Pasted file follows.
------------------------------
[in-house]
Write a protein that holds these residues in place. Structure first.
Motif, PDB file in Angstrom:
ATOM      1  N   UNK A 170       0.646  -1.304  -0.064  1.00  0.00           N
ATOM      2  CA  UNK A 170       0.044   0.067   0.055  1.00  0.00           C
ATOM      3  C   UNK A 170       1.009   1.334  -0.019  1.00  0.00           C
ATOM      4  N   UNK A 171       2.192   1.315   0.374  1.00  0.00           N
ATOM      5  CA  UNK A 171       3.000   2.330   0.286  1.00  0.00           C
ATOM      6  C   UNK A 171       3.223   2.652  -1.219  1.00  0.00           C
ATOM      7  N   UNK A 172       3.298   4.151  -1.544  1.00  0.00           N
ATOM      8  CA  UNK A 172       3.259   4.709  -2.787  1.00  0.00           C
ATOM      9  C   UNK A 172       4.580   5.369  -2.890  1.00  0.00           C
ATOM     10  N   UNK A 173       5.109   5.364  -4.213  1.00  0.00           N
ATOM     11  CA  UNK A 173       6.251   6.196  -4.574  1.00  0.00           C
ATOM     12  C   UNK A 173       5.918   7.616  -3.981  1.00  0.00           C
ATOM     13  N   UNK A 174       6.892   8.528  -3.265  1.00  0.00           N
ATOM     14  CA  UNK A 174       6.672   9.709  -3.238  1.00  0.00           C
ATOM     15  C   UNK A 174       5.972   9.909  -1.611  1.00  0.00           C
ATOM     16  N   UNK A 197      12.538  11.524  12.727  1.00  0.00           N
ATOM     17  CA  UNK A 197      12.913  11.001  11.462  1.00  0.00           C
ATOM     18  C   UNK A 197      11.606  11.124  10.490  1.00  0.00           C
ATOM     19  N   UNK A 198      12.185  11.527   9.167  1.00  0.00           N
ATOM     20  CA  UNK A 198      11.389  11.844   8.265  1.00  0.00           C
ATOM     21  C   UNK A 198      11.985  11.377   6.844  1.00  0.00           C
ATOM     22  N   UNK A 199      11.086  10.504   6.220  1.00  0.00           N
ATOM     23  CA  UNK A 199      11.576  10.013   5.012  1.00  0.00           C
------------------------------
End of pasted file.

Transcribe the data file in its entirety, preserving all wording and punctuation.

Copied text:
[in-house]
Write a protein that holds these residues in place. Structure first.
Motif, PDB file in Angstrom:
ATOM      1  N   UNK A 170       0.646  -1.304  -0.064  1.00  0.00           N
ATOM      2  CA  UNK A 170       0.044   0.067   0.055  1.00  0.00           C
ATOM      3  C   UNK A 170       1.009   1.334  -0.019  1.00  0.00           C
ATOM      4  N   UNK A 171       2.192   1.315   0.374  1.00  0.00           N
ATOM      5  CA  UNK A 171       3.000   2.330   0.286  1.00  0.00           C
ATOM      6  C   UNK A 171       3.223   2.652  -1.219  1.00  0.00           C
ATOM      7  N   UNK A 172       3.298   4.151  -1.544  1.00  0.00           N
ATOM      8  CA  UNK A 172       3.259   4.709  -2.787  1.00  0.00           C
ATOM      9  C   UNK A 172       4.580   5.369  -2.890  1.00  0.00           C
ATOM     10  N   UNK A 173       5.109   5.364  -4.213  1.00  0.00           N
ATOM     11  CA  UNK A 173       6.251   6.196  -4.574  1.00  0.00           C
ATOM     12  C   UNK A 173       5.918   7.616  -3.981  1.00  0.00           C
ATOM     13  N   UNK A 174       6.892   8.528  -3.265  1.00  0.00           N
ATOM     14  CA  UNK A 174       6.672   9.709  -3.238  1.00  0.00           C
ATOM     15  C   UNK A 174       5.972   9.909  -1.611  1.00  0.00           C
ATOM     16  N   UNK A 197      12.538  11.524  12.727  1.00  0.00           N
ATOM     17  CA  UNK A 197      12.913  11.001  11.462  1.00  0.00           C
ATOM     18  C   UNK A 197      11.606  11.124  10.490  1.00  0.00           C
ATOM     19  N   UNK A 198      12.185  11.527   9.167  1.00  0.00           N
ATOM     20  CA  UNK A 198      11.389  11.844   8.265  1.00  0.00           C
ATOM     21  C   UNK A 198      11.985  11.377   6.844  1.00  0.00           C
ATOM     22  N   UNK A 199      11.086  10.504   6.220  1.00  0.00           N
ATOM     23  CA  UNK A 199      11.576  10.013   5.012  1.00  0.00           C